The Paradox Of Buying Influence

The Paradox Of Buying Influence

“You keep using that word. I do not think it means what you think it means.” Inigo Montoya, The Princess Bride.

Influencer marketing is somehow both buzzword of the moment and the ‘next big thing’.

See “10 Reasons Why Influencer Marketing is the Next Big Thing” or any one of dozens of such recent articles.

As ad-blocking grows, two thirds of marketers intend to increase their influencer investment in 2017 according to eMarketer.

Brands are throwing money at them. Agencies have even opened studios to help influencers create content for brands.

“Social media is where those dollars are headed with brands already spending more than $255 million on influencer marketing every month just on Instagram, according to Captiv8, a company that connects influencers with brands.”

Mercedes-Benz announced a collaboration with influencers called “MB Photo Pass” with this Möbius strip of strategy:

Influence means one, ones ideas or behavior, can impact someone’s else ideas or behavior.

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Influence is understood not to be manipulation of persuasion [because we have different words for those things].

There is a lack of intention in the idea, because influence, like entrepreneurship, is a side effect of doing something else: having status or expressing interesting ideas well; starting a company.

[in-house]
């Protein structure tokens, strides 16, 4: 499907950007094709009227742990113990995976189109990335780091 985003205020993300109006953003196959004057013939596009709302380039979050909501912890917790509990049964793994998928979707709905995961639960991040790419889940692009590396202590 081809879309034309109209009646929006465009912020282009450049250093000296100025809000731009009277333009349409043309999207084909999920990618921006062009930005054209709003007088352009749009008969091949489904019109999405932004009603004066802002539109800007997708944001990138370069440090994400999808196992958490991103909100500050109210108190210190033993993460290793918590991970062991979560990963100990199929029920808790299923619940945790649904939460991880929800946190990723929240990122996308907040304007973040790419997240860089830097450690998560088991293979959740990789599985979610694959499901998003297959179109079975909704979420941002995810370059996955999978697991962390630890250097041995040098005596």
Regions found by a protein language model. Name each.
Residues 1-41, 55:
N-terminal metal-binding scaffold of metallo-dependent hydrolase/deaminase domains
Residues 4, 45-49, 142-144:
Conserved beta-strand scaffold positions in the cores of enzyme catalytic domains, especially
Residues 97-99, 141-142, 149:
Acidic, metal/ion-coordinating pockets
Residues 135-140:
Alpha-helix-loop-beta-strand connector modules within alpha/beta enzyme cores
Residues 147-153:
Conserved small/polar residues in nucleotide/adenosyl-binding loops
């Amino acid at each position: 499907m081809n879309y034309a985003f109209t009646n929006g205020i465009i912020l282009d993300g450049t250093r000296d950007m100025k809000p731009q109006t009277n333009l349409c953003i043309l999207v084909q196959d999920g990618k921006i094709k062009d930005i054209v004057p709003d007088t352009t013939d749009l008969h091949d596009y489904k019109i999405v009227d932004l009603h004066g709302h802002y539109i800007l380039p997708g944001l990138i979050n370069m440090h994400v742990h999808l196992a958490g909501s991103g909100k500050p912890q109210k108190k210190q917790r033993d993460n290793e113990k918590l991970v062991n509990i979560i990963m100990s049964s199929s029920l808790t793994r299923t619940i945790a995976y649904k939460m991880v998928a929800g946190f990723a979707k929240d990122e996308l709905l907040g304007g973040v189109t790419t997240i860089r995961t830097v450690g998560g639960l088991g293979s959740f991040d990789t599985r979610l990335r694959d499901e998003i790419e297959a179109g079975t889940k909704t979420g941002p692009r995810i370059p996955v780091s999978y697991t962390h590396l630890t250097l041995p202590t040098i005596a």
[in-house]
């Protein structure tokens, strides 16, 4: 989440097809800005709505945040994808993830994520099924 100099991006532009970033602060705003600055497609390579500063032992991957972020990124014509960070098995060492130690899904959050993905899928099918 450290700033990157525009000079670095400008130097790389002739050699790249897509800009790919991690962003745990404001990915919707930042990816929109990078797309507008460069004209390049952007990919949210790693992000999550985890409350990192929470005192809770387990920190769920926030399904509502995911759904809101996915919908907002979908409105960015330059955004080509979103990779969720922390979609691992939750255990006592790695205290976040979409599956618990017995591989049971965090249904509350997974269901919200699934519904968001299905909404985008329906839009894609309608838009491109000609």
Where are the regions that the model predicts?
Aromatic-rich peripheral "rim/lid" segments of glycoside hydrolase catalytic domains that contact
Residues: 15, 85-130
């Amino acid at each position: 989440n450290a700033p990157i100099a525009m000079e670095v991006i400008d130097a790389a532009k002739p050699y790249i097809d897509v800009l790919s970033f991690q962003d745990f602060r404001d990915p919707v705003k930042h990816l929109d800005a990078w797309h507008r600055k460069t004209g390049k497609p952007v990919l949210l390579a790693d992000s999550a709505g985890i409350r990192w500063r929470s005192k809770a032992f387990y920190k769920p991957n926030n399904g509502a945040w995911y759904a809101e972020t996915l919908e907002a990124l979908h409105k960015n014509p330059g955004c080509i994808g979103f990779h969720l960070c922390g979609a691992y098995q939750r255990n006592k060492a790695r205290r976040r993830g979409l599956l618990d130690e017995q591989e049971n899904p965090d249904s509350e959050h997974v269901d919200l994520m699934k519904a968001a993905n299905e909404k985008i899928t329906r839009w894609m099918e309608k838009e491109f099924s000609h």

When we say someone is influential we mean that they can affect the behavior of others. However, inside that thought, there is also the idea of scale. Parents have incredible influence on their children, but we do not call all parents influencers.

What then are we talking about. What is an influencer?

Someone who has significant influence on significant numbers of people. If I set trends only to my friends, but no one else, no brand would seek me out, it would be inefficient.

So, in our celebrity obsessed hyper mediated culture, those that reach many people and inspire imitation or action, we call influencers.

Essentially various forms of celebrity, either bringing their audience over from traditional forms of fame or having grown one endogenously inside social media. Either way, their audience trusts them.

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We copy people we like, who have status. This is predicated on the idea that what they are saying is something they believe, an expression of who they are, because that’s what we want to imitate. So these celebrities are copied, consciously and unconsciously.

Like all “Next Big Things”, it’s been coming for a long time. Five years with this version of the terminology, but really at least a decade.

[Bill Buxton calls this theLong Nose of Innovation, which you should check out.]

In about 2007 advertising agencies started experimenting with influencer marketing.

Back then, blogs were cutting edge social media and I was considered an influencer, so O2 sent me a new phone and said here play with this.



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